International Motion Time Measurement Development_Ethical Work Design
International Motion Time Measurement Development_Ethical Work Design

PTS History

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A time standard for a job or an operation may be established by time study, by work sampling, or by the use of predetermined times.


Predetermined time standards (PTS) are advanced techniques which aim at defining the time needed for the performance of various operations by derivation from preset standards of time for various motions and not by direct observation and measurement. They are not normally considered suitable for the trainee to use until he has gained a real understanding of and considerable experience in work study practice.


Definition


A predetermined time standard is a work measurement technique whereby times established for basic human motions classified according to the nature of the motion and the conditions under which it is made is used to build up the time for a job at a defined level of performance.


Definition


A predetermined time standard is a work measurement technique whereby times established for basic human motions classified according to the nature of the motion and the conditions under which it is made is used to build up the time for a job at a defined level of performance.


Advantages of pre-determined time systems


PTS systems offer a number of advantages over stop watch time study


1. With PTS one time is indicated for a given motion, irrespective of where such a motion is performed. In stop watch study it is not so much as a sequence of motions making up an operation is timed.


2. Timing by direct observation and rating can sometimes lead to inconsistency. A PT system avoids both rating and direct observation and hence can lead to more consistency in setting standard times.


3. Since the times for the various operations can be derived from standard time tables, it is possible to define the standard time for a given operation even before production begins and often while the process is still at the desi0gn stage. This allows the work study man to change the layout and design of the workplace and of the necessary jigs and fixtures in such a way that the optimum production time is achieved.


4. It is also possible before starting the operation to draw up an estimate of the cost of production, and this could be valuable for budgeting.


To summarize they are not too difficult to apply and can be less time consuming than other methods when time standards are determined. They are particularly useful for very short repetitive time cycles such as assembly work in the electronics industry.


The improvement of work should precede the setting of work standards. Obviously, if changes are made in the method of performing an operation, the time required for the performance will be changed.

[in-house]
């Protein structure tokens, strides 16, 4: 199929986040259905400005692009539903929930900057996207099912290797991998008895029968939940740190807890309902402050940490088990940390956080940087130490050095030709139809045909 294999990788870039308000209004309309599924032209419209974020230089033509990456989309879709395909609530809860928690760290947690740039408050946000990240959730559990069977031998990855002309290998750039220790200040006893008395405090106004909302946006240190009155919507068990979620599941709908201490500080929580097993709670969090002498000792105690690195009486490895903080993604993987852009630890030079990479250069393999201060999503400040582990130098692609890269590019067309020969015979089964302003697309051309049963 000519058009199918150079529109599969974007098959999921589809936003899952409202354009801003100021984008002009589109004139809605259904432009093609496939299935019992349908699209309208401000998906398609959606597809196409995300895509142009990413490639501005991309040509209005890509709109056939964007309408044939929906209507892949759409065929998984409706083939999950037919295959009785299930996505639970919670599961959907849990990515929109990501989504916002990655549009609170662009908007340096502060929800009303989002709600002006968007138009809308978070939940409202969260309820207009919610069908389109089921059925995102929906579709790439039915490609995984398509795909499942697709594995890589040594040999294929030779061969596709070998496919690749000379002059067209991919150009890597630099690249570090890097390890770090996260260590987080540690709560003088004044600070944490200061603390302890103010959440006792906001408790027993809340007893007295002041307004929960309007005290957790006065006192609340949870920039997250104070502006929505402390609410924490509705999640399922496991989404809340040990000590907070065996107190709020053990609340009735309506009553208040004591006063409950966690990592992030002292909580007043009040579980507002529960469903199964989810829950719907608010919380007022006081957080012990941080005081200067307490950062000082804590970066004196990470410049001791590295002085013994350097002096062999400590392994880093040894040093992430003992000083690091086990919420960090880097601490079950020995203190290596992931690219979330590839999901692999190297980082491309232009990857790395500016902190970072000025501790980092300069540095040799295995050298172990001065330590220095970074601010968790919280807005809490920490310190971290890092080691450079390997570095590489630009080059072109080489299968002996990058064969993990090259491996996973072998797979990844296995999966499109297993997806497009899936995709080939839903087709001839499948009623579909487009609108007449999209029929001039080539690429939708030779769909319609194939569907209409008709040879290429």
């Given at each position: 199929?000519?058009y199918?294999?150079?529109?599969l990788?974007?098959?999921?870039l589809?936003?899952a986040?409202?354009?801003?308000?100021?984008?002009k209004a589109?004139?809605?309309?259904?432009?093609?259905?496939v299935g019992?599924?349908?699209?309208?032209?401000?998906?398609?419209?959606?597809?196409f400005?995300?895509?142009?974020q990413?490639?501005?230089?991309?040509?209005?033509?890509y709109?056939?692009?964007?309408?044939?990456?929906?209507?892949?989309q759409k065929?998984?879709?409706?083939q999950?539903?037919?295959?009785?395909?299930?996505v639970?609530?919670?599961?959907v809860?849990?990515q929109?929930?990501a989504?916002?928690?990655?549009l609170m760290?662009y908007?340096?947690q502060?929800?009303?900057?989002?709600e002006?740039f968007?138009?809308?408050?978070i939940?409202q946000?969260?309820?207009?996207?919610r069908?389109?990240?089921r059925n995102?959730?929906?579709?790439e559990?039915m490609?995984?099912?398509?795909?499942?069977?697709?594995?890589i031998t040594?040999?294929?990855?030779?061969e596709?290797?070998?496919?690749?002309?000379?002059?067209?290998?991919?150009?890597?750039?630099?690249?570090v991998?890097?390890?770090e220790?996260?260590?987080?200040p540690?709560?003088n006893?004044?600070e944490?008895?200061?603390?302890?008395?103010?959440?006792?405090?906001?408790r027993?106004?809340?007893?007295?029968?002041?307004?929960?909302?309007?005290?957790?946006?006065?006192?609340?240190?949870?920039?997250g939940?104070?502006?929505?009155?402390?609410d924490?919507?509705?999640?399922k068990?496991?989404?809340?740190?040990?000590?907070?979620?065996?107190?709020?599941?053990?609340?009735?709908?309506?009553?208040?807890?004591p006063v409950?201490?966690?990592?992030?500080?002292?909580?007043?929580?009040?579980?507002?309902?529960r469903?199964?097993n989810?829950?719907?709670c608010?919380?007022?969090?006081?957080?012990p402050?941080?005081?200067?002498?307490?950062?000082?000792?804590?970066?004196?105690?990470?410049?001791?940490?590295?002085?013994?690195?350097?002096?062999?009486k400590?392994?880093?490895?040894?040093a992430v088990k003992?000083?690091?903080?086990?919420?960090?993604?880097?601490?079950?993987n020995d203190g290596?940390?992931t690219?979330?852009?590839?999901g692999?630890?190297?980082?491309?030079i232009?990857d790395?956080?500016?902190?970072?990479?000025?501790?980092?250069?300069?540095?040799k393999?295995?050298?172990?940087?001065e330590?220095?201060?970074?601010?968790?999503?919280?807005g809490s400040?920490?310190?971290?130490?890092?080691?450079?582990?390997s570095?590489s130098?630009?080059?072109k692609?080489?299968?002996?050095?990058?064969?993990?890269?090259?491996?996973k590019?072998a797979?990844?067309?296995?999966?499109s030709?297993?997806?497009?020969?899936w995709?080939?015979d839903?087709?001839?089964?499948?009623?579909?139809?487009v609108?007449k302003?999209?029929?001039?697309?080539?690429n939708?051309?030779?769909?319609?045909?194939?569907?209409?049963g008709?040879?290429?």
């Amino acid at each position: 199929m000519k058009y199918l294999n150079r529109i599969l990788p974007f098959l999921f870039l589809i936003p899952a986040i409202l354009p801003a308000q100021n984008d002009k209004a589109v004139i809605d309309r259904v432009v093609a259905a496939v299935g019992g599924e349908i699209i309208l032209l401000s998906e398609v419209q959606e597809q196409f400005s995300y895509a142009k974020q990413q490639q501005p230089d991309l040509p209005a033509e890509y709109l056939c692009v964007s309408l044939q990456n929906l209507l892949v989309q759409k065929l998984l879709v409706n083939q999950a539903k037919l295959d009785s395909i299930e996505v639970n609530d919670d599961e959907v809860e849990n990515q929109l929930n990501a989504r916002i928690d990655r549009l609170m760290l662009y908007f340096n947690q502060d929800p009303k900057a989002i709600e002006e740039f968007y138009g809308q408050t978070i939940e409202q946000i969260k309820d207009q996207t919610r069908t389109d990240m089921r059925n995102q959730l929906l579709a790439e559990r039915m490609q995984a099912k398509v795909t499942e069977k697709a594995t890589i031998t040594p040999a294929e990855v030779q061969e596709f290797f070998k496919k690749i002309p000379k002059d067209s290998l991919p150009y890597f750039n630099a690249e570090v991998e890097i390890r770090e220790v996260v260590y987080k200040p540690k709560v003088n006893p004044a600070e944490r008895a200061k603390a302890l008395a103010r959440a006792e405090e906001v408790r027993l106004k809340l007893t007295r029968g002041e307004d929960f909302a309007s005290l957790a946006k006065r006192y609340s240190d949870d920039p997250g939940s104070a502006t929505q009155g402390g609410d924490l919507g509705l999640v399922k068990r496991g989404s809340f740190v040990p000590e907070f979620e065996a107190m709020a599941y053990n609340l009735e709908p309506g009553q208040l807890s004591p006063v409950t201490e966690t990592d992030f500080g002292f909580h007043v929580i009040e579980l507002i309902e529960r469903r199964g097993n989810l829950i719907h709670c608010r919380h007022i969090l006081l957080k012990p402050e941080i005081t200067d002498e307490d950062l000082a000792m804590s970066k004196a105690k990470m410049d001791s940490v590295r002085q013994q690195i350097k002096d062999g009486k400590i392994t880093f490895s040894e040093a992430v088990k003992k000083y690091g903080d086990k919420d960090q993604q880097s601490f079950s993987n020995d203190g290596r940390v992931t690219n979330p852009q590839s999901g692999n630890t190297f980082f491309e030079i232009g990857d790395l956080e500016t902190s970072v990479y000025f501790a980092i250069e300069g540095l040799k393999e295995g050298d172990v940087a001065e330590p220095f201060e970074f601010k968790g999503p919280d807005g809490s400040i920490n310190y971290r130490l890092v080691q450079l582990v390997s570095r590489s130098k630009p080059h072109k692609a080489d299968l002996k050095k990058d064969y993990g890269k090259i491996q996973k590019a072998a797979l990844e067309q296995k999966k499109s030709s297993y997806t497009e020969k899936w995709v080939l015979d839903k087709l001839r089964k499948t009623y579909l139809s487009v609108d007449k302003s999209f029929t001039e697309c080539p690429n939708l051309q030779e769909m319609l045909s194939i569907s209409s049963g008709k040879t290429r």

Once the improved method is found, it should be standardized and all workers should be trained in using the improved method.


Managers use time standards to answer a number of important questions:


1. What is the time required for each operation in the scheduling of production?
2. How can production in one department, or at one machine be balanced with other department and machine in the plant?
3. How can the company develop a solid basis or a standard cost accounting system?
4. What amount of time will a job take for the purpose of estimating the price to place in a bid?
5. What basis is best for an incentive system?


The original method of setting time standards time standards is F W Taylor’s procedure of using a stopwatch to time a representative man actually working on a given job.


Because stopwatch time study has received considerable criticism, other methods of setting standards have been developed. Several of these (methods-time measurement, work factor, basic motion time study) make use of catalogues of motions, with a table of time values for each. The catalogues contain data that have been developed thorough detailed research in laboratories. They are the basis fro setting time standards without the use of a stopwatch.


Methods Time Measurement , MTM

• Developed by Maynard, Stregemarten, and Schwab in 1948.

• A procedure that analyses manual operations or methods into basic motions needed to perform it, and assigns each a pre-determined time based on the motion and environmental conditions.

• MTM-1, MTM-2, MTM-3, MTM-SAM, MTM-UAS, MTM-MEK, MTM-HWD, MTM-SD, MTM-Log, ...

MOST 

• Maynard Operation Sequence Technique MOST Developed in 1980 by Kjell Zandin

   establishes standards at least 5 times faster than MTM-1, w/little if any sacrifice in accuracy

  Concentrates on the movements of objects.

Predetermined Time Standards System, PTSS

• PTSS was developed by Fred Meyers to provide a time system that was quick to learn and easy to apply.

Work Factor

Work factor recognizes six definite body members and provides motion times for each: Finger or hand, arm, fore arm, swivel, trunk, foot and leg.